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gks210-F2: (a) Main steps of curvature analysis for a DNA chain. A molecule is imaged by AFM then traced by an image-analysis software and represented as a chain of xy pairs separated by a contour length l. The signed bending angle is obtained from the vector product of the local tangent vectors and . (b) Generally speaking, we can ascribe four different spatial orientations to the extracted contour of a label-free molecule, according to the end chosen as the starting point of the nucleotide sequence (red dot) and the molecular face exposed to the substrate. As a result, the signed curvature changes in modulus and/or sign according to the chosen orientation. On the contrary, the CP is estimated by coupling the signed curvatures of two m-units long segments, symmetrically placed at j units from chain ends. Such quantity remains the same for each one of the possible orientations of the extracted contour. (c) The characteristic patterns of variation of for some specimens—here named (1–3) —enable to highlight DNA regions with different intrinsic curvature (gray box). This represents an original strategy to establish the comparative analysis of bent duplexes under label-free conditions.

Mentions: Common practice in AFM studies on DNA structure and flexibility dictates to prepare specimens by DNA adsorption from an aqueous solution onto an atomically flat substrate. This is followed by high-resolution imaging of adsorbed species and by the use of an image-analysis software in order to reconstruct the molecular profiles and analyze the signed curvature associated to segments of given location and length (2–5,8,24). Tracing algorithms represent each molecule as a chain of xy pairs separated by a fixed contour length l. The curvature analysis along a generic trajectory proceeds through the calculation of the signed bending angles formed by the adjacent units, that are obtained from the vector product of the local tangent vectors and ( with N total number of units) (3). From the values one can define the global curvature for a segment of m units, located at units from one of the ends, as:(1)with (Figure 2a).Figure 2.


Label-free, atomic force microscopy-based mapping of DNA intrinsic curvature for the nanoscale comparative analysis of bent duplexes.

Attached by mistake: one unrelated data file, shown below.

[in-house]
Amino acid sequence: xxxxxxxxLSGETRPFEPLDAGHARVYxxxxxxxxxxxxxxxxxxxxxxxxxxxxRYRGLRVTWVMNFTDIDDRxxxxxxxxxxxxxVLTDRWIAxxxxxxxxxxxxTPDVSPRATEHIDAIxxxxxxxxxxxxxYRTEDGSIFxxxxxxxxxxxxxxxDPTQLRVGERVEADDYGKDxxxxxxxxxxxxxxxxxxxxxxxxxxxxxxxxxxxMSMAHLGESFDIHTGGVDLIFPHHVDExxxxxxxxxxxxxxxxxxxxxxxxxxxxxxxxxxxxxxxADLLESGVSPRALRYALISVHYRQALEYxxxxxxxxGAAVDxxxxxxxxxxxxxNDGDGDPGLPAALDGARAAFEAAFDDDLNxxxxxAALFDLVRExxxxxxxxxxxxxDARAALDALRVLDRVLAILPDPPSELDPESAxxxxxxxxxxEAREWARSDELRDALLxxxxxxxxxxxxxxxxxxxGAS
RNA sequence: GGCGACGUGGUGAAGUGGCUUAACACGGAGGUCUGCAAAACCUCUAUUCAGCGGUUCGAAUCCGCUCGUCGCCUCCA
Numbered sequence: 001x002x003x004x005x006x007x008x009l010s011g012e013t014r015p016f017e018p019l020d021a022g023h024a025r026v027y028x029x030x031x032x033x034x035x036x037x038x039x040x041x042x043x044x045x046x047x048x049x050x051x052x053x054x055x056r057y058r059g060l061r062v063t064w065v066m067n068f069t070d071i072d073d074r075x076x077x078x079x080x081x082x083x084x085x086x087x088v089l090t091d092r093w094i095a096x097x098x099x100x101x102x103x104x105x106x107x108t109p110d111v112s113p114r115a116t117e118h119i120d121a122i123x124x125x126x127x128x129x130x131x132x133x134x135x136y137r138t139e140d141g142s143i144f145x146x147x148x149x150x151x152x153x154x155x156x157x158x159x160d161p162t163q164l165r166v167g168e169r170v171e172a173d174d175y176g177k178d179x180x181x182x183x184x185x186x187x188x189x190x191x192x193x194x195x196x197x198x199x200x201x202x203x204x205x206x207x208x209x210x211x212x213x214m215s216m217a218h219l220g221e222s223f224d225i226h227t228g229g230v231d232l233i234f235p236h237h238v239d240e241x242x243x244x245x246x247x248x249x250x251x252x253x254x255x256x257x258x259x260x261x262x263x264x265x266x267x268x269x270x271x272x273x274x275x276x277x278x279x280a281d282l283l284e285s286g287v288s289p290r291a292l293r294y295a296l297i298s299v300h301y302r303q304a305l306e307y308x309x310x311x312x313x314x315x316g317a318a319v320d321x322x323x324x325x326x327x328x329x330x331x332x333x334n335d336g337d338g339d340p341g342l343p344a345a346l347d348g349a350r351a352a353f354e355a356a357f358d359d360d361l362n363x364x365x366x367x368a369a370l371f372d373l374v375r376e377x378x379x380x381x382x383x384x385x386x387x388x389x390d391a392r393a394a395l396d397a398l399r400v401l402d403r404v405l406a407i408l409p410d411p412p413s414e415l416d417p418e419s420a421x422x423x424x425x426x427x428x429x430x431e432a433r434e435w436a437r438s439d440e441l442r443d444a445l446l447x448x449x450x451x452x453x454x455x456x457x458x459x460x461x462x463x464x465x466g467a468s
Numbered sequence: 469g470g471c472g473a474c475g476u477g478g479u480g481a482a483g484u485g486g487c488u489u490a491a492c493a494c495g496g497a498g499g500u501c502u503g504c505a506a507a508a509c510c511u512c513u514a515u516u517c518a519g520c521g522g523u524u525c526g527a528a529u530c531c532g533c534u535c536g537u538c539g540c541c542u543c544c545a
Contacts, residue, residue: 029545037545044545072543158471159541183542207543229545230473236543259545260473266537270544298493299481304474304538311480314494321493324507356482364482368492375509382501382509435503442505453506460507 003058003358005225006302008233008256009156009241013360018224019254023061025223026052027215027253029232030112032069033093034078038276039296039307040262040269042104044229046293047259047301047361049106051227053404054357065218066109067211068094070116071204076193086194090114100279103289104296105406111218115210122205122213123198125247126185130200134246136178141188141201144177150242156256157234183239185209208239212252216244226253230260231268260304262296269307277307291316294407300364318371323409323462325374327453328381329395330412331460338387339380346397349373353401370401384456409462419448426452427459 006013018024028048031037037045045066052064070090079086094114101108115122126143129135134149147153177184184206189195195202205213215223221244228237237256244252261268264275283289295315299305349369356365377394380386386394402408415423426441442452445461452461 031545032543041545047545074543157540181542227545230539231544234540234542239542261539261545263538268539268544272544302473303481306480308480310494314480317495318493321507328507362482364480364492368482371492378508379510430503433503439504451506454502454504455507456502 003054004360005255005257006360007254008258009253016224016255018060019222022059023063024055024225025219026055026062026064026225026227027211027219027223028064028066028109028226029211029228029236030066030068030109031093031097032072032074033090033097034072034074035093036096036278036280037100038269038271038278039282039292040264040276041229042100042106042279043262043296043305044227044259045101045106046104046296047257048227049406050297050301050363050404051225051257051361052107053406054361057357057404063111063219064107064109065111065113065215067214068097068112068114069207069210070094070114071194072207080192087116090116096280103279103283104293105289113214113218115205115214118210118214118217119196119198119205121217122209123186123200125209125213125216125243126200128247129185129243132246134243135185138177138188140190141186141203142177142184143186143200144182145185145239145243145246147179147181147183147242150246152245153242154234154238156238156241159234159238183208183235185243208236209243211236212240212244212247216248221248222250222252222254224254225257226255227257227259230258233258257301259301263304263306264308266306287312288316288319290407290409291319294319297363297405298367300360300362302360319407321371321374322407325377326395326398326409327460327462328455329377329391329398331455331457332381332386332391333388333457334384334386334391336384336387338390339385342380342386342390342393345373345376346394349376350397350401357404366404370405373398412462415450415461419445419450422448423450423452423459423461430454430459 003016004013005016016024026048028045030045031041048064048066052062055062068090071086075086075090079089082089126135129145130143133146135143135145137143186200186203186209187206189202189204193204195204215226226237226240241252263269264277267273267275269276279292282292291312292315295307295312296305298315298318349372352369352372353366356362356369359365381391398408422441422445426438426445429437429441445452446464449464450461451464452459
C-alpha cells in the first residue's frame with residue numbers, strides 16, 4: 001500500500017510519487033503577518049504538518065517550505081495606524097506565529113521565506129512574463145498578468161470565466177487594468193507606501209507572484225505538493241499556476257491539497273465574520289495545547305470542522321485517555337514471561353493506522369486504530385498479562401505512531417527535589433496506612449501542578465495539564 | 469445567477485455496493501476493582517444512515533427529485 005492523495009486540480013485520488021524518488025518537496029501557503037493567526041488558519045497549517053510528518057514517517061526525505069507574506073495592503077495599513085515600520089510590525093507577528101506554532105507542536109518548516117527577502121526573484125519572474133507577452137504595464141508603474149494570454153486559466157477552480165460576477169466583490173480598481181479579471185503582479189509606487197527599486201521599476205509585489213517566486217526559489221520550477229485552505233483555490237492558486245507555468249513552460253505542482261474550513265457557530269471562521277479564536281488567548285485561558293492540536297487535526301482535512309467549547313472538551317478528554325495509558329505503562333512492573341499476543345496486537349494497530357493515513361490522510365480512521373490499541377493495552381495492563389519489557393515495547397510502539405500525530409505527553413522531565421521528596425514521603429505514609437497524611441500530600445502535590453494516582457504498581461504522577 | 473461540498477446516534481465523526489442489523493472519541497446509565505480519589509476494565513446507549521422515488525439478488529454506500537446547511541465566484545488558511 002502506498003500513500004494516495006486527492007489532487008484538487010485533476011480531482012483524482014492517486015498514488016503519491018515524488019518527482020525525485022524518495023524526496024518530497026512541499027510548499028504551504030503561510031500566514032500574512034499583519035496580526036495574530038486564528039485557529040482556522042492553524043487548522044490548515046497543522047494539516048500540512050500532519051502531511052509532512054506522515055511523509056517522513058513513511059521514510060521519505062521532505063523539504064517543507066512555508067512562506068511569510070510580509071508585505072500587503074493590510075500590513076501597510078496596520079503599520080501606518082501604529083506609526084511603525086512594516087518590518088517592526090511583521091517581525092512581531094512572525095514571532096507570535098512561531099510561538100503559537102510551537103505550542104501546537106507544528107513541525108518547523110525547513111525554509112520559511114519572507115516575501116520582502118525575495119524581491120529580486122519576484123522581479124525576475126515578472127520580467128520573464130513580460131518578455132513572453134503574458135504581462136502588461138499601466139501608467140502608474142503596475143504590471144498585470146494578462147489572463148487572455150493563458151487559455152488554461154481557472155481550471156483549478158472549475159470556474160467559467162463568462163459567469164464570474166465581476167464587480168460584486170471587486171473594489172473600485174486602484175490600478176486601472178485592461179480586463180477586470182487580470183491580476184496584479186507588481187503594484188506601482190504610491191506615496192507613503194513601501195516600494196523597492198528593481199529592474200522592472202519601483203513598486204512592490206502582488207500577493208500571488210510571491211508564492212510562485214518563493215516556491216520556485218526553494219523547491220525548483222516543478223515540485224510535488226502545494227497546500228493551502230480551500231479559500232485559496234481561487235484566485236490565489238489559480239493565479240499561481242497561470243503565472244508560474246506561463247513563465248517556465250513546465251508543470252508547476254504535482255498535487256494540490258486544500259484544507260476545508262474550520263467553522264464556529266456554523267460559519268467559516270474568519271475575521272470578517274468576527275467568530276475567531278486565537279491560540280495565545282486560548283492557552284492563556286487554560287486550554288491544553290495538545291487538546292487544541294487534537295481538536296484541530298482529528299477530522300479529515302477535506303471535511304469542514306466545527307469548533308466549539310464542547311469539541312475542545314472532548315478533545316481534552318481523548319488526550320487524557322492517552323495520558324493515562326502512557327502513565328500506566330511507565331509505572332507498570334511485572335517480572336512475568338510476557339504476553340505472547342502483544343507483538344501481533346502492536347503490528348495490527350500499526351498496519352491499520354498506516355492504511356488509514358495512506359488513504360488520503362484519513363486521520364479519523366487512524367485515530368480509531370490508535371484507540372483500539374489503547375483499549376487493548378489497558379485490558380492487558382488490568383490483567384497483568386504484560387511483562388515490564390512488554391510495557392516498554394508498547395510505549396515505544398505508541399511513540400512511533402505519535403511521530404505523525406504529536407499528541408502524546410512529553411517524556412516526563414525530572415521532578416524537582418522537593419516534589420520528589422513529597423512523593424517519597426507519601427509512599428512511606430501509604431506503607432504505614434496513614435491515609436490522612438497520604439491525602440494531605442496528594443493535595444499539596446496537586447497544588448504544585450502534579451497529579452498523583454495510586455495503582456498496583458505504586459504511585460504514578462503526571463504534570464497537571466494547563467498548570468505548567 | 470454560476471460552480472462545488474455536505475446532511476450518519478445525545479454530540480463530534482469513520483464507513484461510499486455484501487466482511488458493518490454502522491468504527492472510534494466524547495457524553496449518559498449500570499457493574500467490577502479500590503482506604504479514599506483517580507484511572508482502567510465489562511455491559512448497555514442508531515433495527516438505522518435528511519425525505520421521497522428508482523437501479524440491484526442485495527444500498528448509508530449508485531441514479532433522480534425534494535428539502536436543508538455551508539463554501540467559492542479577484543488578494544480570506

Buzio R, Repetto L, Giacopelli F, Ravazzolo R, Valbusa U - Nucleic Acids Res. (2012)

(a) Main steps of curvature analysis for a DNA chain. A molecule is imaged by AFM then traced by an image-analysis software and represented as a chain of xy pairs separated by a contour length l. The signed bending angle  is obtained from the vector product of the local tangent vectors  and . (b) Generally speaking, we can ascribe four different spatial orientations to the extracted contour of a label-free molecule, according to the end chosen as the starting point of the nucleotide sequence (red dot) and the molecular face exposed to the substrate. As a result, the signed curvature  changes in modulus and/or sign according to the chosen orientation. On the contrary, the CP  is estimated by coupling the signed curvatures of two m-units long segments, symmetrically placed at j units from chain ends. Such quantity remains the same for each one of the possible orientations of the extracted contour. (c) The characteristic patterns of variation of  for some specimens—here named (1–3) —enable to highlight DNA regions with different intrinsic curvature (gray box). This represents an original strategy to establish the comparative analysis of bent duplexes under label-free conditions.
© Copyright Policy - creative-commons
Related In: Results  -  Collection

License
Show All Figures
getmorefigures.php?uid=PMC3367213&req=5